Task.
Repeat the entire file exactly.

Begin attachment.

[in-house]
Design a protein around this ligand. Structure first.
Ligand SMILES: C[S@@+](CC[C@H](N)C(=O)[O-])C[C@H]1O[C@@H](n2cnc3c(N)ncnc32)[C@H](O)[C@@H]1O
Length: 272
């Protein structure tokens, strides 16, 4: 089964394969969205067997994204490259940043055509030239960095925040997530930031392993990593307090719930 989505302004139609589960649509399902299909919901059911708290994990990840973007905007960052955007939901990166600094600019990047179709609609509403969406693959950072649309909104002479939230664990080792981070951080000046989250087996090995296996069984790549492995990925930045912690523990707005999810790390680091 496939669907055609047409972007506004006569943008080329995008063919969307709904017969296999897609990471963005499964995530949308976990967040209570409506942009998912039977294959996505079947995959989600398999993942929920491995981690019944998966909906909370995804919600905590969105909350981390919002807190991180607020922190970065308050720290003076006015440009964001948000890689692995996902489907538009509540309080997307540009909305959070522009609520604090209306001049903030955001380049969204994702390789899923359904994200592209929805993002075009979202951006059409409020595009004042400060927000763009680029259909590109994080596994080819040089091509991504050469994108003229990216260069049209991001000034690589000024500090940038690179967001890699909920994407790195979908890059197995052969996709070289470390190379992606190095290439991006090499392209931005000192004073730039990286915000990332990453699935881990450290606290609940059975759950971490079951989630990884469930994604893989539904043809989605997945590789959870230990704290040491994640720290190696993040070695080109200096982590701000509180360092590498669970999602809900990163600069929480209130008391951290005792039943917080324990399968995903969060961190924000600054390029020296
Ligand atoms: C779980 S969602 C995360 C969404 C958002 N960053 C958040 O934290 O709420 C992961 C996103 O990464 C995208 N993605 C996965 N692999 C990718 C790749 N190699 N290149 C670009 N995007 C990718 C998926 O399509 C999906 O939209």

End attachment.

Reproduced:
[in-house]
Design a protein around this ligand. Structure first.
Ligand SMILES: C[S@@+](CC[C@H](N)C(=O)[O-])C[C@H]1O[C@@H](n2cnc3c(N)ncnc32)[C@H](O)[C@@H]1O
Length: 272
């Protein structure tokens, strides 16, 4: 089964394969969205067997994204490259940043055509030239960095925040997530930031392993990593307090719930 989505302004139609589960649509399902299909919901059911708290994990990840973007905007960052955007939901990166600094600019990047179709609609509403969406693959950072649309909104002479939230664990080792981070951080000046989250087996090995296996069984790549492995990925930045912690523990707005999810790390680091 496939669907055609047409972007506004006569943008080329995008063919969307709904017969296999897609990471963005499964995530949308976990967040209570409506942009998912039977294959996505079947995959989600398999993942929920491995981690019944998966909906909370995804919600905590969105909350981390919002807190991180607020922190970065308050720290003076006015440009964001948000890689692995996902489907538009509540309080997307540009909305959070522009609520604090209306001049903030955001380049969204994702390789899923359904994200592209929805993002075009979202951006059409409020595009004042400060927000763009680029259909590109994080596994080819040089091509991504050469994108003229990216260069049209991001000034690589000024500090940038690179967001890699909920994407790195979908890059197995052969996709070289470390190379992606190095290439991006090499392209931005000192004073730039990286915000990332990453699935881990450290606290609940059975759950971490079951989630990884469930994604893989539904043809989605997945590789959870230990704290040491994640720290190696993040070695080109200096982590701000509180360092590498669970999602809900990163600069929480209130008391951290005792039943917080324990399968995903969060961190924000600054390029020296
Ligand atoms: C779980 S969602 C995360 C969404 C958002 N960053 C958040 O934290 O709420 C992961 C996103 O990464 C995208 N993605 C996965 N692999 C990718 C790749 N190699 N290149 C670009 N995007 C990718 C998926 O399509 C999906 O939209």